I have a difficulty with being loved. Part of me does not like it as it’s easier to do things on my own. And I don’t think I’m alone in this one. Many of us feel uncomfortable being loved—by a lover, by a parent, by a friend, by God. And yet in my innermost part of me, I desire it. We all desire to be loved, to be wanted and to be known. Can we be known by others as we truly are? Wouldn’t they reject us if they knew what we really are at our core? As we are loved more, we become more fully who we are created to be.
George Herbert, a 17th century Anglican priest, wrote about this need for love As well as our aversion to it. He writes in his Love (III): “Love bade me welcome, yet my soul drew back, guilty of dust and sin.” So often, we feel unworthy of the love of another. Don’t we see this in so many ways as we look around our world today? My busyness and shallow interactions with others are all ways I keep others at bay and me from being known by them. As Herbert’s main character interacts with Love, who is God Himself, there is a huge sense of unworthiness, a sense of shame, toward all that God has done it all for him—for us! The story continues:
“And know you not,” says Love, “who bore the blame?”
“My dear, then I will serve.”
“You must sit down,” says Love, “and taste my meat.”
So I did sit and eat.
Herbert provides us with a picture here of a feast prepared for all who will be loved. All one has to do is “sit down.” And Herbert did just that. Herbert’s realization of his own love brought him to a deeper realization of who he was created to be. Similar to Margery Williams’ story of Velveteen Rabbit, Herbert saw that being real has nothing to do with “how you are made, [but rather] it’s a thing that happens to you.” That when one “REALLY loves you, then you become Real.” And the process is slow, and it may hurt, and it typically “doesn’t happen often to people who break easily, or have sharp edges, or who have to be carefully kept. Generally, by the time you are Real, most of your hair has been loved off, and your eyes drop out and you get loose in the joints and very shabby. But these things don’t matter at all, because once you are Real you can’t be ugly, except to people who don’t understand.”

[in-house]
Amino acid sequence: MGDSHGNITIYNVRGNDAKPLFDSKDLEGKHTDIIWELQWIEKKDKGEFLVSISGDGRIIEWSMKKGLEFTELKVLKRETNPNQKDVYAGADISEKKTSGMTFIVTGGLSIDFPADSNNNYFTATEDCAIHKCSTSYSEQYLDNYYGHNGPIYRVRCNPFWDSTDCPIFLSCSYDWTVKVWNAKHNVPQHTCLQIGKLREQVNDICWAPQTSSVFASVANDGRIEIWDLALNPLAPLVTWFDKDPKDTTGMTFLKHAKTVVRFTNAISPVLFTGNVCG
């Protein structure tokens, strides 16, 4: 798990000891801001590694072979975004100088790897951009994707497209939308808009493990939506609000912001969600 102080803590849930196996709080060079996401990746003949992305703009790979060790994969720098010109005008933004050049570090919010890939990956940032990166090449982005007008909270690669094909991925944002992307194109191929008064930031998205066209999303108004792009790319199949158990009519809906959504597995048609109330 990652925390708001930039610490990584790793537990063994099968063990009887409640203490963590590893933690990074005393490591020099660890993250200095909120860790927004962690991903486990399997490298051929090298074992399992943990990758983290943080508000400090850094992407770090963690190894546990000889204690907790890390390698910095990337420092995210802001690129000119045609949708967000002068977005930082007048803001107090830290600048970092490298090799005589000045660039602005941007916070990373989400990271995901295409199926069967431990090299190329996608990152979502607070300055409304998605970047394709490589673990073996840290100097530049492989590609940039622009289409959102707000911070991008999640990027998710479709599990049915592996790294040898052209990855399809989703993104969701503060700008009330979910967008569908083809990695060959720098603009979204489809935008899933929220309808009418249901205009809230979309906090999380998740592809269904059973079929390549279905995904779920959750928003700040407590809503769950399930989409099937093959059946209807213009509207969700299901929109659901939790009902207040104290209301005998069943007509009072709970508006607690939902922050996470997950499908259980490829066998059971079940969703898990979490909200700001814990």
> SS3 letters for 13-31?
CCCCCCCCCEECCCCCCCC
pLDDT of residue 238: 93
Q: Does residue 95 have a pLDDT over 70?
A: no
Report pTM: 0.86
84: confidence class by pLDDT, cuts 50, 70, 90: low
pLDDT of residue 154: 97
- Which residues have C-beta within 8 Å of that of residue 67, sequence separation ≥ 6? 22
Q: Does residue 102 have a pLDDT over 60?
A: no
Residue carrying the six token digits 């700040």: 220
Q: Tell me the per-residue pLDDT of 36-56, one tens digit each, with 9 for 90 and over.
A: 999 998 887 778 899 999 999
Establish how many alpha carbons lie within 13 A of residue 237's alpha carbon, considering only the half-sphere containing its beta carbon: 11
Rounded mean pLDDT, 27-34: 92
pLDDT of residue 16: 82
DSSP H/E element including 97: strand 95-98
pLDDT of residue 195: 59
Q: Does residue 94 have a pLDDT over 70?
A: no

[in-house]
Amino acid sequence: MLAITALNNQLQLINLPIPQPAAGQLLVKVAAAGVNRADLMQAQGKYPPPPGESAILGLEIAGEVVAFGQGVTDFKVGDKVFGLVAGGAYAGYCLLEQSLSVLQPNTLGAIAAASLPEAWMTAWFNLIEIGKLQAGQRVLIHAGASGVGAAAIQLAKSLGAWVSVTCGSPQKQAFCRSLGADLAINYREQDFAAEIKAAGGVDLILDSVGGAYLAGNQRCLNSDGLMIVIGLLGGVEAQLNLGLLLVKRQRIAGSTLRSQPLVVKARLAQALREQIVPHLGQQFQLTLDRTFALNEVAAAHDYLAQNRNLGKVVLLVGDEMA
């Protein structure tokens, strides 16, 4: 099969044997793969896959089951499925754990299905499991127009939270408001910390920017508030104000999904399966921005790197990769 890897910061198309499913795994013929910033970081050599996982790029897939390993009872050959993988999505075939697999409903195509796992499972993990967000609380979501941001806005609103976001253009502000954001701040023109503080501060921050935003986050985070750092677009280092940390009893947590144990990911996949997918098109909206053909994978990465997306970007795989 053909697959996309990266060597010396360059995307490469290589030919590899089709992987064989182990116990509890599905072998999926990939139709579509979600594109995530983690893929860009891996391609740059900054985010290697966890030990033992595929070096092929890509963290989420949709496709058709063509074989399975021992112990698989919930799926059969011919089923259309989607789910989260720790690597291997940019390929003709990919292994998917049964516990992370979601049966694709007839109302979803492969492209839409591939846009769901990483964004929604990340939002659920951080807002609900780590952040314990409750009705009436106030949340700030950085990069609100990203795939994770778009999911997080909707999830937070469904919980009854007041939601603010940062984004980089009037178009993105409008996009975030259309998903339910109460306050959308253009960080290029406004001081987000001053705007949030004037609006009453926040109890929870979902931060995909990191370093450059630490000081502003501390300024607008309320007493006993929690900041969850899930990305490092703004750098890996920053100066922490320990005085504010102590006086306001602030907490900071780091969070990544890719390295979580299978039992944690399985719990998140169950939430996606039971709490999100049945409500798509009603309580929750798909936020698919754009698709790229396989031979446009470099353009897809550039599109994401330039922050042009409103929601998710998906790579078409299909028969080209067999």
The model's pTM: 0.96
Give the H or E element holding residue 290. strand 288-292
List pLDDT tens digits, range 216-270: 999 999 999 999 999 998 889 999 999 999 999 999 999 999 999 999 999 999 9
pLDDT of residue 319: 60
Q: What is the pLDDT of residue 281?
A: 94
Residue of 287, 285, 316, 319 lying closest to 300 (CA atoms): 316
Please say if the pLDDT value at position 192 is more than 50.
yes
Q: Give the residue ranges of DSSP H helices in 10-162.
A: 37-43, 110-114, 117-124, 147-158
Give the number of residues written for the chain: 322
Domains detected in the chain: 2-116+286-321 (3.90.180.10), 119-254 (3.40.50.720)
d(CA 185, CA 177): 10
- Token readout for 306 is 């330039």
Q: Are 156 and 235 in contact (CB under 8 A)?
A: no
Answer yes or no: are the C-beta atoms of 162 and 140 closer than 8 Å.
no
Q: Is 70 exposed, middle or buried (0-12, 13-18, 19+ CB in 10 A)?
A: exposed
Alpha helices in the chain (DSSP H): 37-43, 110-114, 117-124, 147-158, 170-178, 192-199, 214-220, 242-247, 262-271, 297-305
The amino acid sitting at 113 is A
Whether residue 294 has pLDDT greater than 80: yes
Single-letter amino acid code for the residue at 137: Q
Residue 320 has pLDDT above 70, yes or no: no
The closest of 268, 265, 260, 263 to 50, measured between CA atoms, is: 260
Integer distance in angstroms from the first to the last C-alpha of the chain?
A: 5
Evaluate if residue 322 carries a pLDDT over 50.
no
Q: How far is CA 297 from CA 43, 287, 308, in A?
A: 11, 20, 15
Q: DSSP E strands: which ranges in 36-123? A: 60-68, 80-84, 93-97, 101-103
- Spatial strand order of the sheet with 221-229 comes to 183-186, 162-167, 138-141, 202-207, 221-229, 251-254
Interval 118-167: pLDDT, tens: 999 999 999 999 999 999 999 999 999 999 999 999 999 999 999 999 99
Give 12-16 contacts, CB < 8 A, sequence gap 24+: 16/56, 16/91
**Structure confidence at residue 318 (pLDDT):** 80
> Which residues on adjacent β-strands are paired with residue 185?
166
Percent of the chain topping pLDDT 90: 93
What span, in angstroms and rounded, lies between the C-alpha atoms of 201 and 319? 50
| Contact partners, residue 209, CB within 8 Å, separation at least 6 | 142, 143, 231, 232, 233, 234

And when we are loved, when we can allow ourselves to be cared for, we are real, living exactly where God would want us to be. Thankfully, this is a long process for all of us, not something I can master by tomorrow morning. In this, there is grace.
So, may each of us find strength in remembering that in our hair being loved off and being loose in the joints is an invitation toward becoming more real, and that this occurs as we allow others and the Other to love us more fully.
And now your turn: What are some of the ways you see in yourself that you are real or aren’t real, loved or aren’t loved and long to be loved or real?